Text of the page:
• Prototype it./MTTP (Mean Time To Prototype.)/(Inno. = Reaction to Proto.)
      • (2) Celebrate failure.
      • “ Whoever makes the most mistakes wins.”
      • “ Fail. Fail again. Fail better.”
      • “ Reward excellent failures. Punish mediocre successes.”
      • (3) Decentralize.
      • (4) Parallel Universe.
      • (5) “Hang Out” Axiom. (Hang “cool” = More cool. Dull = Dull.)
      • (6) “d”iversity. ( Every dimension.)
      • (7) Co-invent with outsiders./ Entwined with outsiders.
      • (Including “Crowdsourcing.”)
    • Innovation’s “Fourteen Imperatives” (8) “Strategic” Listening = Core competence. (9) Hire and promote 100% innovators. Innovator’s characteristic = Innovator. Innovator’s characteristic = Angry. (Anger > Blowback.) CEO=Innovation “bias.” (10) XFX/Cross-functional Excellence!! (#1??) (11) Chief Complexity & Systems Destruction Officer. (12) R&D Equality. All functions equal. (VA centerpiece./ All staff VA-meisters.) (13) Fun! Self-deprecating! (14) Good luck! (Entropy rules.) (Major acquisition = Dumb.) (All these things work except when they don’t.)
    • #11
    • L(+21) = L(-21)
    • Leadership(21A.D.) = Leadership(21B.C.)
    • “ Allied commands depend on mutual confidence [and this confidence] is gained, above all through the develo p ment of friendshi p s .” —General D.D. Eisenhower, Armchair General * (05.08) *“Perhaps his most outstanding ability [at West Point] was the ease with which he made friends and earned the trust of fellow cadets who came from widely varied backgrounds; it was a quality that would pay great dividends during his future coalition command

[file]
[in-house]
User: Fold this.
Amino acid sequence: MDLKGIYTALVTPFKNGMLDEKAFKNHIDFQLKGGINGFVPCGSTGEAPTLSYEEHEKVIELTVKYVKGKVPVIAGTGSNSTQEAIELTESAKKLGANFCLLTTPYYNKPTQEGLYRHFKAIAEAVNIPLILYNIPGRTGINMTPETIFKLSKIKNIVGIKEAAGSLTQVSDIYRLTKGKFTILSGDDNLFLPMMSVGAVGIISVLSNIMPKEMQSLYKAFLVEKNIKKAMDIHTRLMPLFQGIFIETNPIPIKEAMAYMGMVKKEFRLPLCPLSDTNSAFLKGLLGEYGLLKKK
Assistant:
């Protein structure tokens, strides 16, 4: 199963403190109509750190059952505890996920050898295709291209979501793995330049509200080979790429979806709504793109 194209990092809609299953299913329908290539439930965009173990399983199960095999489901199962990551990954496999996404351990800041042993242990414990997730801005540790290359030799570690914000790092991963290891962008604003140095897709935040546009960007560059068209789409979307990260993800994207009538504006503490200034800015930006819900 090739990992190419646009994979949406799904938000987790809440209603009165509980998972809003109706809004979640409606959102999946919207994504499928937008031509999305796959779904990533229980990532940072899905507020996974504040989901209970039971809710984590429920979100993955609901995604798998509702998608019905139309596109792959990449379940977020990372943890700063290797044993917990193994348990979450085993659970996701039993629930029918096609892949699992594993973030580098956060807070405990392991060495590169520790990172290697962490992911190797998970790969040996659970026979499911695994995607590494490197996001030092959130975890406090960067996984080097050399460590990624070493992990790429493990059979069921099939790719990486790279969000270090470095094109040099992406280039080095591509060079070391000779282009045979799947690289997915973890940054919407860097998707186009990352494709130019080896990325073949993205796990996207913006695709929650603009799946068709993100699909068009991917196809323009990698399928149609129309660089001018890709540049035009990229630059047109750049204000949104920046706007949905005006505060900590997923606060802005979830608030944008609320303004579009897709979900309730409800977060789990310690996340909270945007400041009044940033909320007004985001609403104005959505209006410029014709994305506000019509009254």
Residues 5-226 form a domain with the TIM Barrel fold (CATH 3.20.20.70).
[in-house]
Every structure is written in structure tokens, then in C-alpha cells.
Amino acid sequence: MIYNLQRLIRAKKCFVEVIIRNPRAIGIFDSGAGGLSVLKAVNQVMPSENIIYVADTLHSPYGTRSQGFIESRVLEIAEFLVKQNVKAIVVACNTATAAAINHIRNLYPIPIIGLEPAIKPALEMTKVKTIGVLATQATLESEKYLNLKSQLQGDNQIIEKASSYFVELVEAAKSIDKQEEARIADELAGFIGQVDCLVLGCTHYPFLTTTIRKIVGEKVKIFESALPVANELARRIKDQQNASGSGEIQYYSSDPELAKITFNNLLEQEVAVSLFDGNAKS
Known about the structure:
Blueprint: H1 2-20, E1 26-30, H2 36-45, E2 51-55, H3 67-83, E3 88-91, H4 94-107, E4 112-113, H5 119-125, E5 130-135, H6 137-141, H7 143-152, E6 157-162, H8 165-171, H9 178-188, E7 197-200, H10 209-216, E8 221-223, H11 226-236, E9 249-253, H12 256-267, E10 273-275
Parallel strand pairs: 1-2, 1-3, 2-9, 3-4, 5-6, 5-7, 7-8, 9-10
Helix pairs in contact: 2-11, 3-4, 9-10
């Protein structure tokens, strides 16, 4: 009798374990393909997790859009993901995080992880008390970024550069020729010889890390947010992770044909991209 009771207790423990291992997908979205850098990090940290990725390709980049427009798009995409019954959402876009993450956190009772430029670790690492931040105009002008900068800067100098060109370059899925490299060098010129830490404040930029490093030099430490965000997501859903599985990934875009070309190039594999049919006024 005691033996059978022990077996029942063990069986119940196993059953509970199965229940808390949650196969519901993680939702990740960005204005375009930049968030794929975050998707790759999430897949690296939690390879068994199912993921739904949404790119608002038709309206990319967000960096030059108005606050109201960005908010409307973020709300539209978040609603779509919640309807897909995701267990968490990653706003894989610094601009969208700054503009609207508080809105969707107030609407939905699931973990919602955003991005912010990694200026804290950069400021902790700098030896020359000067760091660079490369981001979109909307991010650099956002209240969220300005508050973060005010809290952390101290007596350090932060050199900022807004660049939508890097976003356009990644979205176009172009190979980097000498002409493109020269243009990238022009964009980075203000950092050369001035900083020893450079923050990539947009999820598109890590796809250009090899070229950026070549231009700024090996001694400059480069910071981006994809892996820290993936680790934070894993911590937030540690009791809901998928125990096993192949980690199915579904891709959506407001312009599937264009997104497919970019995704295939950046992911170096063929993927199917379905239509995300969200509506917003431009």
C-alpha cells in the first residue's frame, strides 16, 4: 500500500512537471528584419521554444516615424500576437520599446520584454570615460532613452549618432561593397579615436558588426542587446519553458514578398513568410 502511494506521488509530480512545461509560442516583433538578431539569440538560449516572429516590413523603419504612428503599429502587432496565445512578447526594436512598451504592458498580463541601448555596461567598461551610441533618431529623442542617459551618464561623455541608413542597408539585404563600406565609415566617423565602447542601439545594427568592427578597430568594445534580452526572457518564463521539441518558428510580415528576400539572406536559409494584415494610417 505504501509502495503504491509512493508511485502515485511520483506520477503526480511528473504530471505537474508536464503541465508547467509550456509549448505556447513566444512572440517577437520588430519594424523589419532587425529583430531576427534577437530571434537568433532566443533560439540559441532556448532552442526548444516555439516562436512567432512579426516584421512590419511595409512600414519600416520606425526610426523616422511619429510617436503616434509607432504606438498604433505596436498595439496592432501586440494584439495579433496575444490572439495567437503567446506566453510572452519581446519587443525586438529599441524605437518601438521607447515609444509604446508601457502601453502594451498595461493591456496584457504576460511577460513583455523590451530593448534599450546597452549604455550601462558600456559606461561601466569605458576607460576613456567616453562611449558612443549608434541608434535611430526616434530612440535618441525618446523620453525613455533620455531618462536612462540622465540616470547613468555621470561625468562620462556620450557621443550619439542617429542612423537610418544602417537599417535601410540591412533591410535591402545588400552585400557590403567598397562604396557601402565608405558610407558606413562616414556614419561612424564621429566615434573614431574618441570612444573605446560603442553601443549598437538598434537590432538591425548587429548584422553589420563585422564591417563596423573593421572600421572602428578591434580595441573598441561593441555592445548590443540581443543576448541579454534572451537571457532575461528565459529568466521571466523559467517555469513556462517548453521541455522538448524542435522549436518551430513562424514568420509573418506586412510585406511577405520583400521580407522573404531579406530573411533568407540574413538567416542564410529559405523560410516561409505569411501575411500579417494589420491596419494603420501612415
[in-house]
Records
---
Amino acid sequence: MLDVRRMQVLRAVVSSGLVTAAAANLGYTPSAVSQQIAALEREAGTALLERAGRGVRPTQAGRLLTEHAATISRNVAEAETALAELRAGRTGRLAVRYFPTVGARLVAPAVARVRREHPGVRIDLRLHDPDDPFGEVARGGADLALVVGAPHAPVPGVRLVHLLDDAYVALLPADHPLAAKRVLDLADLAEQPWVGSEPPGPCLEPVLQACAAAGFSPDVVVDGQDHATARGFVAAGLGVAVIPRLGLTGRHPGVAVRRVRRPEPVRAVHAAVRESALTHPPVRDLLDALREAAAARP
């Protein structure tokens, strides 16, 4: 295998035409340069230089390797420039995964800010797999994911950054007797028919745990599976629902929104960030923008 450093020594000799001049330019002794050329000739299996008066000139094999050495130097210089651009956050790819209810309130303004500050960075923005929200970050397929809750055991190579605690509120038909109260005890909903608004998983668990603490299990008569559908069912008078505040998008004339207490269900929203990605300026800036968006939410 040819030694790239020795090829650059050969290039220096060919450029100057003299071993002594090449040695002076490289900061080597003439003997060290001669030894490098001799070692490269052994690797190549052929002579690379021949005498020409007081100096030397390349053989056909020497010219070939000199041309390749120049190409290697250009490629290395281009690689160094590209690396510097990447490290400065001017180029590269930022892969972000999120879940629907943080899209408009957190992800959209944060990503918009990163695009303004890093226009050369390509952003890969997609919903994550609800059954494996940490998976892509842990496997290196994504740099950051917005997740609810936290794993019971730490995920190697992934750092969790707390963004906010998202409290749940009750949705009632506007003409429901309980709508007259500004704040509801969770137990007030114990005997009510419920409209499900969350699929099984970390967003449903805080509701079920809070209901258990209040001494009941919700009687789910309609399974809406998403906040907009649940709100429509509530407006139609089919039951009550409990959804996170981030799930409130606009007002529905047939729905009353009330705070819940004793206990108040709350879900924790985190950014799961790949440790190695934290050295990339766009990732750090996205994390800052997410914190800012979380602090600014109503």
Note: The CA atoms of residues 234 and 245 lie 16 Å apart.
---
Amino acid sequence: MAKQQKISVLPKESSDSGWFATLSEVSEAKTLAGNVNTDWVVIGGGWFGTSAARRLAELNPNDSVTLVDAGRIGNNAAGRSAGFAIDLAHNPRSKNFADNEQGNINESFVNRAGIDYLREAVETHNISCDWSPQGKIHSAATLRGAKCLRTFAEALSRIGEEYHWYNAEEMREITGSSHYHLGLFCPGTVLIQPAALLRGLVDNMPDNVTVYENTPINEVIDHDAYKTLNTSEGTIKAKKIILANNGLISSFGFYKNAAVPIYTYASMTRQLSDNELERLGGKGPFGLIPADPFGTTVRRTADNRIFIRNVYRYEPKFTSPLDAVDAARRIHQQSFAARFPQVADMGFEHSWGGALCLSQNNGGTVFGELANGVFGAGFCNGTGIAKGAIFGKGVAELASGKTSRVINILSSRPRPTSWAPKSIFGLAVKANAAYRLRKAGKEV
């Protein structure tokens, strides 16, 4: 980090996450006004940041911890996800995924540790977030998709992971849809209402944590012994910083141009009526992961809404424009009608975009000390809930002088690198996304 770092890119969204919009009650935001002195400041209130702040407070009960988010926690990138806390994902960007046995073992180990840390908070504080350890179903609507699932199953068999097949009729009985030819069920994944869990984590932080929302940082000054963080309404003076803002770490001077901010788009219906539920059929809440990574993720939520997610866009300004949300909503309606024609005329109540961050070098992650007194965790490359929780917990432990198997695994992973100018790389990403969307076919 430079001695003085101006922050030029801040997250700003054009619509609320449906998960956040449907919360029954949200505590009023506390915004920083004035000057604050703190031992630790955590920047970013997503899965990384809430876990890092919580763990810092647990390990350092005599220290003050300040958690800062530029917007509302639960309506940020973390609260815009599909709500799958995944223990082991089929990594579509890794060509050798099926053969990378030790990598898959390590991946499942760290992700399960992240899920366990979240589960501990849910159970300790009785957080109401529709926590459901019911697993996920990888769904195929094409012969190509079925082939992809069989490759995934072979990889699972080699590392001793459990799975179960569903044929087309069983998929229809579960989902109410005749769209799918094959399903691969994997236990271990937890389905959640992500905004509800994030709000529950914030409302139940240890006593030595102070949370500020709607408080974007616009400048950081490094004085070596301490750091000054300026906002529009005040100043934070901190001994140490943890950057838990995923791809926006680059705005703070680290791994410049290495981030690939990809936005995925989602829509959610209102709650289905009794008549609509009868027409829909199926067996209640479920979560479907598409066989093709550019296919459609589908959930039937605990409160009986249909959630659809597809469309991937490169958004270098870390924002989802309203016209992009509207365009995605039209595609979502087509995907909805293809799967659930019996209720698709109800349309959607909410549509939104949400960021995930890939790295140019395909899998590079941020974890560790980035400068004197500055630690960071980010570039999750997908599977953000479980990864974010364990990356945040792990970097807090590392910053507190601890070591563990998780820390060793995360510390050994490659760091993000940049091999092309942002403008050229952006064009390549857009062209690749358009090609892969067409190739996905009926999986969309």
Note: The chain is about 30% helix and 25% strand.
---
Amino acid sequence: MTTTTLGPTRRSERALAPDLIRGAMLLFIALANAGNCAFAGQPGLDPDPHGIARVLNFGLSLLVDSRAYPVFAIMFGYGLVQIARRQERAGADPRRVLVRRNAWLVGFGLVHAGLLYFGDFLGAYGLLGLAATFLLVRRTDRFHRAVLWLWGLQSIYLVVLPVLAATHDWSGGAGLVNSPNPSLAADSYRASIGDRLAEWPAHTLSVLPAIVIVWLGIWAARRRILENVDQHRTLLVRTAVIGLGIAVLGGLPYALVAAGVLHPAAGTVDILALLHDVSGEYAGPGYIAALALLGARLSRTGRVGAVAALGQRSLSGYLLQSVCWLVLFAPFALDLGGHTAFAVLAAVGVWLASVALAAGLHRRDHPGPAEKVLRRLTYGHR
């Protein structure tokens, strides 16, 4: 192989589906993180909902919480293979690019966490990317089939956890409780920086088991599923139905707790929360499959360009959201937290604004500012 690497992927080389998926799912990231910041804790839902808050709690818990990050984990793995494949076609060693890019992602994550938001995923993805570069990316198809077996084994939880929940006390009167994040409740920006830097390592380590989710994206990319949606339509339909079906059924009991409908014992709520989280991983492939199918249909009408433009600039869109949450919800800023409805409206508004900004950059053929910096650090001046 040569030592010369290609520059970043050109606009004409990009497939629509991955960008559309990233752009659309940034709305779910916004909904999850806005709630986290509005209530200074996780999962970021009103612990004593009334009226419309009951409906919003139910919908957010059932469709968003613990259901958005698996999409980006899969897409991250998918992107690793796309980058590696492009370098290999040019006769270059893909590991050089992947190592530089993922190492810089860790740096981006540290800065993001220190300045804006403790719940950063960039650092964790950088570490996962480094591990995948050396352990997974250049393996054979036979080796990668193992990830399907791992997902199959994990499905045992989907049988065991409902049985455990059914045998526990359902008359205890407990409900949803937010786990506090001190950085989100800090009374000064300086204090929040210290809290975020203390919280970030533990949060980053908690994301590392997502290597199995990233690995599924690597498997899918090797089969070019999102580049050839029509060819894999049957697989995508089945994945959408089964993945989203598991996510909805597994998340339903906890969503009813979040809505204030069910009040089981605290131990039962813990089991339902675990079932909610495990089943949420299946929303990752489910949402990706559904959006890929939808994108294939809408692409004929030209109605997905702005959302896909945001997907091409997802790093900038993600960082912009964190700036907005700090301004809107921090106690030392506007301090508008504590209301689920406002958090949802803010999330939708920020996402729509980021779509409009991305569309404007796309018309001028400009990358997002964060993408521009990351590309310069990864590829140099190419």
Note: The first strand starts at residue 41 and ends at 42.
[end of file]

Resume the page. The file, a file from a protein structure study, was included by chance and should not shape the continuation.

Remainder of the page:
• Give good tea!
    • Delaware Rules: “ eighty percent of success is showing up.” —Woody Allen
    • “ Mandela, a model host [in his prison hospital room] smiled grandly, put [Justice Minister Kobie] Coetzee at his ease, and almost immediately, to their quietly contained surprise, prisoner and jailer found themselves chatting amiably. … [ It had mostl y ] to do with bod y lan g ua g e, with the im p act Mandela’s manner had on p eo p le he met. First there was his erect p osture. Then there was the wa y he shook hands. The effect was both re g al and intimidatin g , were it not for Mandela’s warm g aze and his bi g , eas y smile . … Coetzee was surprised by Mandela’s willingness to talk in Afrikaans, his knowledge of Afrikaans history.” Coetzee: “He was a born leader. And he was affable. He was obviously well liked by the hospital staff and yet he was respected even though they knew he was a prisoner.” Source: John Carlin, Playing the Enemy: Nelson Mandela and the Game that Made a Nation. (Mandela meets surreptitiously with justice minister after decades in prison—and turns on the charm)
    • The Real World’s “Little” Rule Book Ben/tea Norm/tea DDE/make friends WFBuckley/make friends-help friends Gust/Suck down Charlie/poker pal-BOF EVII/dance-flatter-mingle-learn the language Vlad/birthday party of outgroup guy’s wife CIO/finance network ERP installer/consult-“one line of code” GE Energy/make friends risk assessment GWB/check the invitation list GHWB/T-notes Hank/60 calls MarkM/5K-5M Delaware/show up Oppy/snub Lewis Strauss NM/smile -$4.3T/tin ear tp.com/Big 4-What do you think? Women/genes Banker/after church Total Bloody Mess/Can they pay back the loan?